A Tectonic Implication Of The Eruption Of Pyroclastics In Uturu, Southern Benue Trough, Southeast Nigeria
The origin of the Benue Trough is linked to rifting associated with the separation of South America from Africa in the Cretaceous times. The vast igneous activities in the trough are thought to either precede the separation of the two continents or post-date Albian sediments deposited in the trough after the separation. Exposures of pyroclastics within flatland in Uturu, east of Okigwe, were studied with a view to determining the implication of the eruption that emplaced the pyroclastics on the tectonic evolution of the Lower Benue Trough. Field expressions show that the pyroclastics erupted parallel to the axial plane of the Abakiliki anticlinorium in NE-SW direction and are spatially associated with shales of the Asu River Group and Nkporo Shale. Mud fragments of diverse sizes (1cm-20cm) and shapes of the host Asu River Group are incorporated in the pyroclastics. The sizes of the fragments of the pyroclastics fall mainly within the range of tuff and lapilli composed of mainly pyroxene, plagioclase, melilite and opaque minerals. The Nkporo Shales form cover unit over the pyroclastics and do not show any effect of the volcanism on them. The stratigraphic relationship between the pyroclastics and the surrounding sedimentary units shows that the pyroclastics erupted after the deposition of Asu River Group shales (mid-Albian) but terminated before the deposition of the Nkporo Shales. This corresponds to period between Cenomanian and Santonian and suggests a link to the tectonic events that post-dated the separation of South America from Africa.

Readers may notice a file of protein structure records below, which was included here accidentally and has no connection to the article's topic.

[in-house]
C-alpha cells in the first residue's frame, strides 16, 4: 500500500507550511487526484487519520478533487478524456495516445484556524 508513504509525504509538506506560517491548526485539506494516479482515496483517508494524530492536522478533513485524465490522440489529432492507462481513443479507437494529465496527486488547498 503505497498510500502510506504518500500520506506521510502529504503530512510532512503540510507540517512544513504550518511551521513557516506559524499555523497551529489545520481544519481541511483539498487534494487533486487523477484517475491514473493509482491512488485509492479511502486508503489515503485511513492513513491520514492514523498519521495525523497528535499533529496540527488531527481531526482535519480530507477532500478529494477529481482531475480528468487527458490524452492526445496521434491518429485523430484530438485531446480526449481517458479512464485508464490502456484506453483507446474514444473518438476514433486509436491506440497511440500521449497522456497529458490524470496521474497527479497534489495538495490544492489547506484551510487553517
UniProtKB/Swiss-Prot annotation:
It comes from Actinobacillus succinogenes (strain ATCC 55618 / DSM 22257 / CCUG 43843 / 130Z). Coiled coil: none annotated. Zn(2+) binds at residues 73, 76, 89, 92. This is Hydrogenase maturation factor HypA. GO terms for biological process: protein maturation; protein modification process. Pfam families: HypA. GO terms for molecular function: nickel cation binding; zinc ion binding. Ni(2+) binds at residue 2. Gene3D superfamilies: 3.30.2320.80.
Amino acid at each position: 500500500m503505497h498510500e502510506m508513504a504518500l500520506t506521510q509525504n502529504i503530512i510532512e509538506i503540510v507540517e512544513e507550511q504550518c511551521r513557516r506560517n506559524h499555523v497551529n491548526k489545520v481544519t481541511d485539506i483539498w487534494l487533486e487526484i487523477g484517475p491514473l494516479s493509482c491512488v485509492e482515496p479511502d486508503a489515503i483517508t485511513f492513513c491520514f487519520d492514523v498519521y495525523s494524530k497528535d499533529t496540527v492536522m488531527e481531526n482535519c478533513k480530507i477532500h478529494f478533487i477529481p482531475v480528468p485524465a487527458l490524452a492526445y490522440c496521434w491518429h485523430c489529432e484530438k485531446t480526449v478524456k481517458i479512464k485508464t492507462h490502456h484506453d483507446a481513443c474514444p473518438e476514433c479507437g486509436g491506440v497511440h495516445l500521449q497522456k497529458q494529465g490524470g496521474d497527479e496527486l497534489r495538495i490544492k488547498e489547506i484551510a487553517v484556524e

Keywords: Benue Trough, Tectonism, Abakiliki anticlinorium, pyroclastics, lapilli.
Global Journal of Geological Sciences Vol. 6 (2) 2008: pp. 123-128